Thomson, through its Technicolor Content Services business, has made a strategic investment in Paprikaas Animation Studios, a leading animation and game content provider based in Bangalore. This transaction strengthens Thomson’s commitment to the Indian entertainment and animation industries.
Paprikaas’ creative, technical and computer animation work will give Technicolor added capabilities tap the growing industry demand for high-end 3D digital animation for feature films, television animation, commercial advertising and video games and provide
Thomson’s Technicolor Content Services is the world’s second largest provider of content pre-production, production, post-production and distribution capabilities to the broadcast, cable, feature film, advertising, and ancillary home-video and DVD markets. The division also provides video game content creation and development services for leading video game publishers including Electronic Arts, Microsoft, Sony Computer Entertainment, Vivendi Games, Epic Games, and Bioware among others.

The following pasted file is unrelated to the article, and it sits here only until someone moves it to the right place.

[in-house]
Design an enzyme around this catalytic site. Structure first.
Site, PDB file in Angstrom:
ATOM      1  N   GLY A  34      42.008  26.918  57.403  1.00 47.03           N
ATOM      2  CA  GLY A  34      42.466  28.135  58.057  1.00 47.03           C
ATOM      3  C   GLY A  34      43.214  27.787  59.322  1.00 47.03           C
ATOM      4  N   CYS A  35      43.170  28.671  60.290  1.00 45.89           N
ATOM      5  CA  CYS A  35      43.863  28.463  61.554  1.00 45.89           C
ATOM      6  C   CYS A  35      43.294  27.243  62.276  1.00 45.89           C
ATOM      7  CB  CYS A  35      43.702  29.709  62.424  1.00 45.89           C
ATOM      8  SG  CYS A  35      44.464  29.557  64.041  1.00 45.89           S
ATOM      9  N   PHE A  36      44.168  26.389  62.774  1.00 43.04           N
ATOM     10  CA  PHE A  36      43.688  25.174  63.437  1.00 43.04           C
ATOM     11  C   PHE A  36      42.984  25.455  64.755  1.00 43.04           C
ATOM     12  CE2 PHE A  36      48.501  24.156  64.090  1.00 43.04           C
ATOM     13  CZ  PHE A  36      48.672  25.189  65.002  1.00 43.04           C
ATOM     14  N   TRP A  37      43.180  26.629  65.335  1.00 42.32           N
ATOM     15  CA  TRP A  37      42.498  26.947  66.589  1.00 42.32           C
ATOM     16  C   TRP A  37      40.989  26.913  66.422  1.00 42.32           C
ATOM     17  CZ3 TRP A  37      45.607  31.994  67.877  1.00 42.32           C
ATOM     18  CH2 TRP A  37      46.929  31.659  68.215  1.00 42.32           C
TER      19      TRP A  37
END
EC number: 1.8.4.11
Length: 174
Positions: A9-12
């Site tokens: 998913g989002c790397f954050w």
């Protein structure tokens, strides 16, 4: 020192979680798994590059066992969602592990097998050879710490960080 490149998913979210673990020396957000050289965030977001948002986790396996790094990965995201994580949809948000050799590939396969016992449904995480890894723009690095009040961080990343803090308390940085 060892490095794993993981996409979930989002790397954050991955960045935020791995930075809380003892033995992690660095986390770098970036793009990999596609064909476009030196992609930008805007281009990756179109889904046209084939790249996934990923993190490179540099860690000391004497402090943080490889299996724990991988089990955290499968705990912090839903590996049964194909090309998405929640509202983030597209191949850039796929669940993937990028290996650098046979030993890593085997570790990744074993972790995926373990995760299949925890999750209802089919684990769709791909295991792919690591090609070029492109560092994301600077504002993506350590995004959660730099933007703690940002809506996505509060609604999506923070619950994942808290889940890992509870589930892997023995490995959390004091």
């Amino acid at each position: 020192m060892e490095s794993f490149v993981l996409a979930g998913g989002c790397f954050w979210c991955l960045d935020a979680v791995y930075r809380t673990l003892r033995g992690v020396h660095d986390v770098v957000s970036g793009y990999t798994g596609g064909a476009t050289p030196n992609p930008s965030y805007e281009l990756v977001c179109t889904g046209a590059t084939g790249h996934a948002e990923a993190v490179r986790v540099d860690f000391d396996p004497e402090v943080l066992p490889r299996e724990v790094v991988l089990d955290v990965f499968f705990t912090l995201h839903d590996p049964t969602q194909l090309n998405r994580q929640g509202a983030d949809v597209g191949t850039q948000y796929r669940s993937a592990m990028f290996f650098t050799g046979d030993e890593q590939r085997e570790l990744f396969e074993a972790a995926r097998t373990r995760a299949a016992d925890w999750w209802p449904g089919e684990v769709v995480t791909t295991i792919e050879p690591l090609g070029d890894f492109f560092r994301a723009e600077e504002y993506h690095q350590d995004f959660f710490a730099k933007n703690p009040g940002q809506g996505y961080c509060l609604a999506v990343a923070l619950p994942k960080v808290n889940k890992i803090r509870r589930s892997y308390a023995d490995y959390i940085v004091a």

Said Ahmad Ouri, President of Technicolor Content Services, “Paprikaas has proven that their animation and game content creation work consistently meets our high standards, enabling us to further expand our capabilities and global reach, while also achieving cost efficiencies.”
“Our strategic partnership with Technicolor will pave the way for us to provide a unique service offering to the global animation and gaming industry. Our synergies will provide a perfect balance between the high front office competences of Technicolor through their global networks and qualified cost-efficient back office resources of Paprikaas,” said Nandish Domlur, Founder & CEO, Paprikaas Animation Studios.
From a developer’s perspective, India’s animation industry was approximately $ 354 million in 2006 and is expected to grow at a rate of 25 per cent annually, nearly three times the global market rate. The Indian gaming industry (content developers’ perspective) was $ 47.7 million in 2006, and is expected to grow more strongly than the animation market.